Skip Navigation
Faculty | Courses | Giving

Brodie, Bekka

M.A. Program Director, Lecturer in the Discipline of Ecology, Evolution, and Environmental Biology

M.A. Program Director, Lecturer
PhD in Biology, Simon Fraser University, Burnaby, BC, Canada


M.S., SUNY Environmental Science and Forestry

Ph.D., Simon Fraser University, Burnaby, BC, Canada

Research Description

Professor Brodie “talks to bugs”! Her research focuses on understanding insect communication pathways in insects (inter- and intra-specific communication) and their environment (plant-insect interactions and resource foraging), and general insect ecology.  She uses chemical ecology, behavioral ecology, and physiology methods to elucidate smell, sight, sound signals or cues, and investigates how they have evolved in response to community composition, scarceness of resources, and physical parameters of the habitat.  Acquired knowledge is also developed for applications in insect conservation, pollination, pest management, and viable monitoring techniques and strategies.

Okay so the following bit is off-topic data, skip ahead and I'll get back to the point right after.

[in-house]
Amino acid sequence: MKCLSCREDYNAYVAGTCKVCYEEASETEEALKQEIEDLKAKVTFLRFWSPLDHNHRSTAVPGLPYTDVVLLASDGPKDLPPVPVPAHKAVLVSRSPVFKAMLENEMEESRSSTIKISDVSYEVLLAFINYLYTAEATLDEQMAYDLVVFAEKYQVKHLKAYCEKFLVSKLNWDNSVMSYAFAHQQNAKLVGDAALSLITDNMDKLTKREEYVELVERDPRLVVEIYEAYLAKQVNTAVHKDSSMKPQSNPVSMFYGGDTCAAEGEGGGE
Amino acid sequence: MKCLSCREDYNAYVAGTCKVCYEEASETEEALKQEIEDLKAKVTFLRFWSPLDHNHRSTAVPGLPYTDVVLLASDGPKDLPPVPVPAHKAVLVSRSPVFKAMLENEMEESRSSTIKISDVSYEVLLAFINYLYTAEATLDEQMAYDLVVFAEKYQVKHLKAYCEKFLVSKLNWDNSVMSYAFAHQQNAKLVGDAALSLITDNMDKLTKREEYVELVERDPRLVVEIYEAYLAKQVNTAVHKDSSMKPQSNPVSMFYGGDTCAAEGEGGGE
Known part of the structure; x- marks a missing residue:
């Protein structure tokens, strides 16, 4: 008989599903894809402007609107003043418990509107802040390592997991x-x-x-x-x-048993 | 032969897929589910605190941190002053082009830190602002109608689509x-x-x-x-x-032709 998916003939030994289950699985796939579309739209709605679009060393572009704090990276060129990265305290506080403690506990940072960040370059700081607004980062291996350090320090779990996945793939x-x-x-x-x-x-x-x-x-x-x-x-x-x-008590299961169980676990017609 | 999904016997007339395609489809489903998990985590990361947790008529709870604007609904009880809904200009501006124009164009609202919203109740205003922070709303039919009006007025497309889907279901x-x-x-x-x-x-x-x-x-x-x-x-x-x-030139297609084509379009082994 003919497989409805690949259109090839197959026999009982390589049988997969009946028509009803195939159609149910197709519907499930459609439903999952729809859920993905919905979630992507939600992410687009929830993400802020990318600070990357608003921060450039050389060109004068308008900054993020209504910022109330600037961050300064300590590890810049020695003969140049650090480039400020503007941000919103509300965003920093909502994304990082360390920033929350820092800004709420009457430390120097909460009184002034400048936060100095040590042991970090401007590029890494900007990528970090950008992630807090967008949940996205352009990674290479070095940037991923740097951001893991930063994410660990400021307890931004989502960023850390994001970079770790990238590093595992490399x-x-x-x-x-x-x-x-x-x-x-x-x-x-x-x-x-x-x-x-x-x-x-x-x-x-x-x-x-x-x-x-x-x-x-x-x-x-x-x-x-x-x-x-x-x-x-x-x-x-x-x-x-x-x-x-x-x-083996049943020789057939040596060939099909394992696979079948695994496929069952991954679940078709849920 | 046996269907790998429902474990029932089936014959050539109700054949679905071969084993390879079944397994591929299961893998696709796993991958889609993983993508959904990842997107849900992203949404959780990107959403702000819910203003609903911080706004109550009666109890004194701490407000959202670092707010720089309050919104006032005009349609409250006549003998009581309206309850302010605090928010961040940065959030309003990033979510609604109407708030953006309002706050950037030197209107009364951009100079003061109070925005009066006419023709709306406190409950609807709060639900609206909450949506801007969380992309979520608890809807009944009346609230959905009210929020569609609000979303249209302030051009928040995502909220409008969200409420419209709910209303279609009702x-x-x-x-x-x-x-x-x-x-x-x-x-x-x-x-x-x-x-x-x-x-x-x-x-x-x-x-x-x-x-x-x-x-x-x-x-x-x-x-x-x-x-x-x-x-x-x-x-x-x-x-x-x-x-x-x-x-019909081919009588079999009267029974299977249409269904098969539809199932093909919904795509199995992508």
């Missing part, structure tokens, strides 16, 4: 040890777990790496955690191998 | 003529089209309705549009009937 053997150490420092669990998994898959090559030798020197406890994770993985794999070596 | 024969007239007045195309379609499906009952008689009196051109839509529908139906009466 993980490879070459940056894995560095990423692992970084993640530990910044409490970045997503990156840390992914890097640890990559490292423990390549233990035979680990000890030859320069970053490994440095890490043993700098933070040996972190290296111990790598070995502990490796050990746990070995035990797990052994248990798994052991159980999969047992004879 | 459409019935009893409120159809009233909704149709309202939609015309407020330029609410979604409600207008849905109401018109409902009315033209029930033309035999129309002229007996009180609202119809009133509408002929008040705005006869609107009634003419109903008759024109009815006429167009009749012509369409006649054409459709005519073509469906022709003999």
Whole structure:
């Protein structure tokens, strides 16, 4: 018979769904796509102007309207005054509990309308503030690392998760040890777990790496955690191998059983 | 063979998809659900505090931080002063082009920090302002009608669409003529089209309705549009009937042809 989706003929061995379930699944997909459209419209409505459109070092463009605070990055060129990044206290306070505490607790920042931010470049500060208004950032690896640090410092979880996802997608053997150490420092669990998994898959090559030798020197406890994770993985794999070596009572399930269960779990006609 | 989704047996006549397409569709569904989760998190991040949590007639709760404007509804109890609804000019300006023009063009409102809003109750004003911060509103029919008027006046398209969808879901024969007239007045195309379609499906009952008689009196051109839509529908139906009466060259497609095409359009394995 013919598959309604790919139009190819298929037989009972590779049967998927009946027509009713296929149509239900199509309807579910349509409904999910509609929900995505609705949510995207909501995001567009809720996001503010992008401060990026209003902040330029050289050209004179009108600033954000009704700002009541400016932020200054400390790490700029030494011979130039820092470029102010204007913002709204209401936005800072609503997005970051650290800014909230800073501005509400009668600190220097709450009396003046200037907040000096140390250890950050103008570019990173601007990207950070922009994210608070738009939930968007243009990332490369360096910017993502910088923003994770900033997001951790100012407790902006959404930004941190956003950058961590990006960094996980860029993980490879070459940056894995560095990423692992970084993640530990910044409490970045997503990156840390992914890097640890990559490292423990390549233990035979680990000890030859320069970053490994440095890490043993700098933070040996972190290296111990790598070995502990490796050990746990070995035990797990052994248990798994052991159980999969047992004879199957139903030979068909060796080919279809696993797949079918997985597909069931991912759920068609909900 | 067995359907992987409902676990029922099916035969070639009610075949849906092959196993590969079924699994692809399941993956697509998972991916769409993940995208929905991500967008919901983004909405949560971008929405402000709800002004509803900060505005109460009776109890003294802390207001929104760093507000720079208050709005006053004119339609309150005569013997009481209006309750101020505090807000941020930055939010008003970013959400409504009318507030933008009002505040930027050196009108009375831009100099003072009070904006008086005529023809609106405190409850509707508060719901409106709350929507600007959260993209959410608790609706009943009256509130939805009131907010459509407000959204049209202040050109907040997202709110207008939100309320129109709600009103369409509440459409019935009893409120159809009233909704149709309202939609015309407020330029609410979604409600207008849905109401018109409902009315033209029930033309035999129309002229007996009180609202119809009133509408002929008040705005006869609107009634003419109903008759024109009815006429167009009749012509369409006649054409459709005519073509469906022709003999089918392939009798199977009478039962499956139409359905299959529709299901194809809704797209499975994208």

Research Keywords: Insect Ecology, Insect Behavior, Insect Communication and Foraging, Insect Conservation, Pollination, Pest Management


Representative Publications

Brodie, B.S., V.D. Popescu, R. Iosif, C. Ciocanea, S. Manolache, G. Vanau, A.A. Gavrilidis, R. Serafim, and L. Rozylowicz. 2019. Implementing rapid and non–lethal surveys of longicorn beetle communities using generic pheromone lures and occupancy methods.  Ecological Indicators. 101, 330–340

Yan, G., A.C. Shlink, B.S. Brodie, J. Hu, G. Martin.  2019. The effects of different diets and long–term laboratory rearing on reproduction, behavior and morphology of Lucilia cuprina (Wwiedemann). Journal of Medical Entomology. 56(3) 665–670

Eichorn, C.E.*, M. Hrabar, E. Van Ryn*, B.S. Brodie, A. Blake, and G. Gries. 2017.  How flies are flirting on the fly. BMC Biology. 15:2. (F1000 Recommended)

Brodie, B.S., W. H. L. Wong*, S. L. Vanlaerhoven, and G. Gries. 2014. Is aggregated oviposition by the blow flies Lucilia sericata and Phormia regina (Diptera: Calliphoridae) pheromone–mediated? Insect Science.22(5):651–660.

Back to Faculty
Return to Top